He left the room quickly and didn't look back. The receptionist stared at me on the way out, like one would at a circus freak or a car accident. She didn't say goodbye either.

I stepped out into the bright sun. It was a beautiful Spring day, but I didn't feel alive inside anymore. I walked and walked, too numb to think or cry, just replaying in my mind's eye how he and the receptionist had looked at me. How I was disgusting, a human-shaped bag full of dirt masquerading as a Christian, just pretending to be like everyone else. But they had found me out. His words had peeled away what little hope I had, the thin skin that I wore that kept me going.

I walked instinctively to one of my favorite places, a wooded area with railroad tracks running along a raised bed of grey gravel. I walked along the tracks, kicking stones, listening to the quiet, peaceful hum of bees and flies, the click and thrum of grasshoppers. I ambled about a half a mile, until I came to a part of the tracks that passed over a quiet road. I stopped in the middle of the bridge and stood there, feeling the wind and the sun, just being and feeling nothing.

Then the tracks started to vibrate, very quietly. The steel started to sing. It always sang when there was a train coming. You could feel it before you could hear it, soft trenors up through the soles of your shoes, the distant train running swiftly along the tracks. The unusual thing about this section of track though, was that the train comes around a tight bend right before the trestle, so if there's something on the tracks, it can't stop. It can't blow its horn. It can't slow down. It erupts from around the bend, a great bellowing wall of steel, all thunder and muscle. I could smell the creosote and tar from the railroad ties, the rusty tang of the hot steel in the sun, and now I could hear it coming. It was right there, around the bend. I could feel the deep vibrations in the air all around me.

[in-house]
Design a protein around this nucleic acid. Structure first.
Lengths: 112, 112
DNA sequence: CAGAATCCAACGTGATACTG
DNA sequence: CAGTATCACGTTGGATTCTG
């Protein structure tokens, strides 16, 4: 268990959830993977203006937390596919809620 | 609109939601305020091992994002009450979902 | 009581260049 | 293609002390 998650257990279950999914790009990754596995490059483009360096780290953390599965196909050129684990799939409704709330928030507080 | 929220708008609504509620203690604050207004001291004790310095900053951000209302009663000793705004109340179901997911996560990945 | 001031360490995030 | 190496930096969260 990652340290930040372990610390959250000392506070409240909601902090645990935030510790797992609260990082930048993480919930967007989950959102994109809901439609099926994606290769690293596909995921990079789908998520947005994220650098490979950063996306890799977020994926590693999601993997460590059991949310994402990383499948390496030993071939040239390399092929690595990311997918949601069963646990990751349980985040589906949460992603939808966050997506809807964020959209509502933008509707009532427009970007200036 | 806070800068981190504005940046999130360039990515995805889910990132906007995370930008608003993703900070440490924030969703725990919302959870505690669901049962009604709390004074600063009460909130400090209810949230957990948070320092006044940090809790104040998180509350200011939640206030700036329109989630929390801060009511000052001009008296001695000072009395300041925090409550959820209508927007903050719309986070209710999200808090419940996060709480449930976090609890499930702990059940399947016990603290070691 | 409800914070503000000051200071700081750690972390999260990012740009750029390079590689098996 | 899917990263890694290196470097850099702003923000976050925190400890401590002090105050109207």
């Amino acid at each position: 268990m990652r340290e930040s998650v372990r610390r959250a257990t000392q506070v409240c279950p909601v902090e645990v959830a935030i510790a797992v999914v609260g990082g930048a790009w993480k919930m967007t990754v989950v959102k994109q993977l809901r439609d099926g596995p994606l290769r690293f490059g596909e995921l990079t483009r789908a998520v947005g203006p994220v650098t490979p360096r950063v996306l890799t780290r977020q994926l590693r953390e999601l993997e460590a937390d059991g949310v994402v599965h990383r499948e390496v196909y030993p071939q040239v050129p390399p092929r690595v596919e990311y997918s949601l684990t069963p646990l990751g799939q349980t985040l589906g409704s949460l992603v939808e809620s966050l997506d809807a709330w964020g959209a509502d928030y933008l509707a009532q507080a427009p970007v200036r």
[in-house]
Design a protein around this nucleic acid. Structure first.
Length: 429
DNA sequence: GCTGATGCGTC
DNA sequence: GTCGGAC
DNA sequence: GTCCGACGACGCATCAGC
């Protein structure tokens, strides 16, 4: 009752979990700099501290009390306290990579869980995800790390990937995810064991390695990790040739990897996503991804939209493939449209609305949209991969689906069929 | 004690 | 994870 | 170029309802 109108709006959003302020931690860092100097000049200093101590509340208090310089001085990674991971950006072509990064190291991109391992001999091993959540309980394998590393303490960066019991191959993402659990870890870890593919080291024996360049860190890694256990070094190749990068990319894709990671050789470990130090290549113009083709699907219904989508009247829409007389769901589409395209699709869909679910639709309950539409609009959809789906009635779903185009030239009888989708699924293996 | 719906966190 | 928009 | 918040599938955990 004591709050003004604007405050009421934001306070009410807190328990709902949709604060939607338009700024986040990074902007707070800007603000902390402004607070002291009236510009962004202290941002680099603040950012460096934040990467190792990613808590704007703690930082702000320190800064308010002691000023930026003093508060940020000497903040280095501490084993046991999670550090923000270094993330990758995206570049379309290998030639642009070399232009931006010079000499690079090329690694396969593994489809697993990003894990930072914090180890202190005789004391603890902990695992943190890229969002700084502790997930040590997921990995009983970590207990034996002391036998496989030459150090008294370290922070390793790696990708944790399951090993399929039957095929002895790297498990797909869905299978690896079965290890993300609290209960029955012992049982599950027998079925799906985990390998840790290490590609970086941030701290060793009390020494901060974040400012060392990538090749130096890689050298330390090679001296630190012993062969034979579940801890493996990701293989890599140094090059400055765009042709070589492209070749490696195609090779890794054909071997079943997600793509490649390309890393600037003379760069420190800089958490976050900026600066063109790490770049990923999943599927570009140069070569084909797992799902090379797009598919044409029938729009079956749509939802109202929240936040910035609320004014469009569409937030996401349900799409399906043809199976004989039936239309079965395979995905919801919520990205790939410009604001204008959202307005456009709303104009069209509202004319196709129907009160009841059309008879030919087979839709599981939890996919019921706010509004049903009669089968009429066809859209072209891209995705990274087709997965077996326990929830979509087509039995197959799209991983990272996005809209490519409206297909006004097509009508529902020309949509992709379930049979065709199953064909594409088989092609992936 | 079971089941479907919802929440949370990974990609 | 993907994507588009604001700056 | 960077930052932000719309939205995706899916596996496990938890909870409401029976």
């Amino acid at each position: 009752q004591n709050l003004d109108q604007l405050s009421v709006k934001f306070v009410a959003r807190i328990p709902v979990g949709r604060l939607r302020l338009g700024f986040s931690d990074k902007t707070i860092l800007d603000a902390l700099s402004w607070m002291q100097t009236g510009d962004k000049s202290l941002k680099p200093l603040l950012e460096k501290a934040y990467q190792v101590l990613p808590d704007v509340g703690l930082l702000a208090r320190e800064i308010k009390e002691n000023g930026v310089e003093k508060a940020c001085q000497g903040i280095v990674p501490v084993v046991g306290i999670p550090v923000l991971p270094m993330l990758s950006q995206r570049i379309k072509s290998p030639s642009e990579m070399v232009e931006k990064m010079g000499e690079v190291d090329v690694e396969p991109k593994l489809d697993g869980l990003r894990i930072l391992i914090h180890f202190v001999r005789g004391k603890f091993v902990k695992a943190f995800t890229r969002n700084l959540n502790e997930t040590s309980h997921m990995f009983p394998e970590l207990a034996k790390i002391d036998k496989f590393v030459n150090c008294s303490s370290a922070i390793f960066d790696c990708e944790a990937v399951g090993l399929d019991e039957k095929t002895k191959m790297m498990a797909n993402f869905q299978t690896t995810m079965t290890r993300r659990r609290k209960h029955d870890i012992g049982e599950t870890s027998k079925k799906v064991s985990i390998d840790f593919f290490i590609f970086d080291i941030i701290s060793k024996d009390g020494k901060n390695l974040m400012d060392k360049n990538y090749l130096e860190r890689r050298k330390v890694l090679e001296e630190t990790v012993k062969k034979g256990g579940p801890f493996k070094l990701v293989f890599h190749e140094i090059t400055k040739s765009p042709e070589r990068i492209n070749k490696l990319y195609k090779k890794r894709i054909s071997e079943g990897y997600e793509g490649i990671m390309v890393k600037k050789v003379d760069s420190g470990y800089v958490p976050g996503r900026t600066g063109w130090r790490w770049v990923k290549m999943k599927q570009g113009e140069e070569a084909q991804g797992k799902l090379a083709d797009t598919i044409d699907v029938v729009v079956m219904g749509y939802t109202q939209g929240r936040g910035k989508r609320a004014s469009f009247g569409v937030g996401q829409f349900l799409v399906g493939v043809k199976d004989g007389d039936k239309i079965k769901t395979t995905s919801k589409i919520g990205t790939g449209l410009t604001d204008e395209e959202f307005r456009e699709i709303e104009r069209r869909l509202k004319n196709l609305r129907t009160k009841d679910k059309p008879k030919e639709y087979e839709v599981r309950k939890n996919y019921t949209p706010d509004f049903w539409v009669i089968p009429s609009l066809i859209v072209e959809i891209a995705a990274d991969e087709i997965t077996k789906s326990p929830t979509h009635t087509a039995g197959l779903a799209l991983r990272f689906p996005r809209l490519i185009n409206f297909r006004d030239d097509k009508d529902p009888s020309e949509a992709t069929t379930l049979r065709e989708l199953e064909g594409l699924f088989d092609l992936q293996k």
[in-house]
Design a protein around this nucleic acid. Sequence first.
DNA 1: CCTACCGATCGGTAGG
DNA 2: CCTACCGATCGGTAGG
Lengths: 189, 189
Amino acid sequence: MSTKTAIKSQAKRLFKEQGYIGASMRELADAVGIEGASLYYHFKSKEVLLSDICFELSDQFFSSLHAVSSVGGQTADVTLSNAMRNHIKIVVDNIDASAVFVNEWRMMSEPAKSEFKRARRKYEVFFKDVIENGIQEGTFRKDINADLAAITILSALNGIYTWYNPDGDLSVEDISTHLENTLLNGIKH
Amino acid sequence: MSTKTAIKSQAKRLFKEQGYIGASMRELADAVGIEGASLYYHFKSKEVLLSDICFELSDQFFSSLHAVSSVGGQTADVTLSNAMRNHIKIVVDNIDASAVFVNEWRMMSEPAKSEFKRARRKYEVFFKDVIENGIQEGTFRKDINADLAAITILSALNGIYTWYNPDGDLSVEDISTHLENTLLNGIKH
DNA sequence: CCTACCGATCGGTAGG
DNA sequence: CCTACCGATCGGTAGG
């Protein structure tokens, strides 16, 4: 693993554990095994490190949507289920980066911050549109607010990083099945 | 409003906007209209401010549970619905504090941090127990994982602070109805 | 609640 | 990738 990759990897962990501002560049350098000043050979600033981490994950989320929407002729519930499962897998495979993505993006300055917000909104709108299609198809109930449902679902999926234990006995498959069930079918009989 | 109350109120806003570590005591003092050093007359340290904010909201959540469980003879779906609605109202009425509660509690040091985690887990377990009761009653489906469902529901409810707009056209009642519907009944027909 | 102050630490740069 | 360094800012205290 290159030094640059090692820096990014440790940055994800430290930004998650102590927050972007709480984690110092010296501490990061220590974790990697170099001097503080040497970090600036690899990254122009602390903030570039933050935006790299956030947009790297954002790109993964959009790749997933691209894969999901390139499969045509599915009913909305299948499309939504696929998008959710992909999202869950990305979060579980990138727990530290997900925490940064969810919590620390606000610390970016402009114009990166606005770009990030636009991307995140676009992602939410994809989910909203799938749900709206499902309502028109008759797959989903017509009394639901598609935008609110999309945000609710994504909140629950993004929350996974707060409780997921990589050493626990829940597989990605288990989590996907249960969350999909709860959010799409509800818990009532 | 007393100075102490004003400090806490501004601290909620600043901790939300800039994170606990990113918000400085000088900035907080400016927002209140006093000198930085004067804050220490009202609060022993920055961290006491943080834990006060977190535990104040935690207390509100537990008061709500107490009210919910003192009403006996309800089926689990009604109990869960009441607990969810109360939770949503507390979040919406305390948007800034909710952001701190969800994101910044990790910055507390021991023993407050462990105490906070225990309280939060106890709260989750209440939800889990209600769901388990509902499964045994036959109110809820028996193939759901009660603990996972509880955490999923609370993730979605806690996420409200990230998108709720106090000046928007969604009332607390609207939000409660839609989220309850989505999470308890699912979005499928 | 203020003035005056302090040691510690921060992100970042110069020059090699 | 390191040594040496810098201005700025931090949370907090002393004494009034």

But I just stood there, because nothing mattered anymore. I wasn't human. I was gay. What did it matter?

Then I saw the train, and something inside me snapped. A seal broke and instinct sprinted through me and I ran, RAN without thought, my cells reacting where my mind could not, would not. I don't know how, I don't remember clearly, but suddenly I was in the dust and gravel at the end of the trestle, beside the tracks, when the train thundered by, so loud that it blotted out the entire world. There was only train and thunder and hot, angry wind.

Then as suddenly as it came, it was gone. The steel tracks gently sang, softer and softer, a quickly fading lullaby after the storm. I was still there. Dusty and coughing and scared, but still alive. I looked at where I had been standing, off in the middle of the trestle, and I don't know how I had made it here in time. It didn't seem possible. But I did. Somehow.

At the time, this was small consolation. Now there was no one I could trust. No one was safe. I would never tell anyone else about this, about the doctor, about the anti-depressants, about my... problem. I would wait out these last few weeks of school as if nothing had ever happened, and then I would leave and never return. I would act more normal than the most normal of students. I would be perfect and happy and more Christian than ever before, but inside I was dead.

Posted by blog/wicker_chronicles at 12:01 AM CDT
Updated: Tuesday, 17 May 2005 1:23 PM CDT
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Sunday, 10 April 2005

It's 3am.

Her flavor-of-the-week boyfriend runs screaming down the stairs, bellowing, "Crackwhore! You a crackwhore! Whore!"

He slams the front door, pulling on a t-shirt, stumbling down the street laughing and mumbling. He'll be back tomorrow, or not. I've seen this before. All of the neighbors have.

Or the time she called the cops on her 12-year old son for mouthing off to her and knocking over a lamp. She wanted the cops to take him away, take him out of her hair, her greased-back, jet-black mullet. She swaggered out of her apartment, stood there with one hand on her hip and the other pointing, "He no good! He dangerous! You take him away!"